Latest news
Most popular
Main menu
IOM Journals
PhD Program
Videos (rus)
Buy books (rus)
Library (rus)
IOM (rus)
What's most interesting for you?


Frantsouzoff S. A parallel to the Second Commandment in the inscriptions of Raybun // Proceedings of the Seminar for Arabian Studies, vol.28. Brepols, 1998. С. 61-67.

'Thou shalt not make unto thee any graven image, or any likeness of any thing that is in heaven above, or that is in the earth beneath, or that is in the water under the earth: Thou shalt not bow down thyself to them, nor serve them...' (Ex. 20:4-5).'

This statement included in the Second Commandment is usually considered to be an integral and inseparable part of the strict monotheism. It has seemed self-evident that the religion based on the worship of the unique and invisible God imposed on the Hebrews the complete rejection of any idolatry, of any cult image. To the best of my knowledge no attempt has been made until now to discover the origins of the Second Commandment in ancient Semitic beliefs. This is hardly surprising since among Western and Eastern Semites in antiquity, as well as among pre-Islamic Arabs, the adoration of statues of their deities was widespread. As to the remaining South Semitic peoples (South Arabians and ancient Ethiopians), the information extracted from both epigraphic and narrative sources about their polytheistic religion has been, and to some extent still remains, limited, superficial and often inexact.

Among the epigraphic materials discovered by the Soviet-Yemenite Complex (i.e. multi-disciplinary) Expedition (SOYCE) in 1983-1991 at the site of Raybun in inland Hadramawt there are three inscriptions, one complete and two fragmentary, which contain very interesting and important data on the attitude of official South Arabian polytheism towards creating images of deities. Their provenance as coming from in the temples of the goddess Dhat Himyam is assured: the complete text was put together from numerous fragments excavated in the ruins of Nacman (Raybun V), while two others were found in Rahban (Raybun I).2 Their linguistic peculiarities (the use of the verb 'to dedicate' with the prefix s1- {s'qny) and of the Hadramitic attached pronoun -s3 (sing, f.) instead of -t) and their paleography indicate that these inscriptions belong to stage IV of the chronological scheme elaborated by Bauer for Raybun (Bauer 1989: 154 fig. 1; 1995: 126 fig. 2, 144 fig. 3). It seems preferable, however, to call that stage, which embraced the second-first centuries ВС,3 as the 'classic' period. All the three texts are published here for the first time.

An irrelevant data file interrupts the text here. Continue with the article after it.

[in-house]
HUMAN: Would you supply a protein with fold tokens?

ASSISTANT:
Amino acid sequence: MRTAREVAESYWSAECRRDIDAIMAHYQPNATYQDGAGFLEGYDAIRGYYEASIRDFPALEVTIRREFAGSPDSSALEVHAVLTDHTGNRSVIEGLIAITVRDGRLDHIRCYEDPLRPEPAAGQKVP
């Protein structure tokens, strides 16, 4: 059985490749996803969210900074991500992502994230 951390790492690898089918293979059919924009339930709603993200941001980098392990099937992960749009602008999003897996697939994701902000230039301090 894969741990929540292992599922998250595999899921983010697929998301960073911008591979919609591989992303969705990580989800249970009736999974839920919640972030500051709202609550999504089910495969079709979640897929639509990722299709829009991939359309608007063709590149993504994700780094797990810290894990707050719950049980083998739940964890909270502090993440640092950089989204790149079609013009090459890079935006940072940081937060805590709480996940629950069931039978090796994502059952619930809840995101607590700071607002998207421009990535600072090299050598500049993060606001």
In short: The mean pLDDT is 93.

The entire paper is published as a *.PDF file.


ancient Hadramawt
dedicatory inscriptions
Dhāt Himyam
pre-Islamic South Arabia
Second Commandment
South Arabian temples
Soviet Yemenite Multidisciplinary Expedition

IOM's page contains
Random news: Announcements
A meeting of the Academic Council will be held at 15:00 on Wednesday, November 23, 2022.

Programming© N.Shchupak; Design© M.Romanov

 Российская академия наук Yandex Money Counter
beacon typebeacon type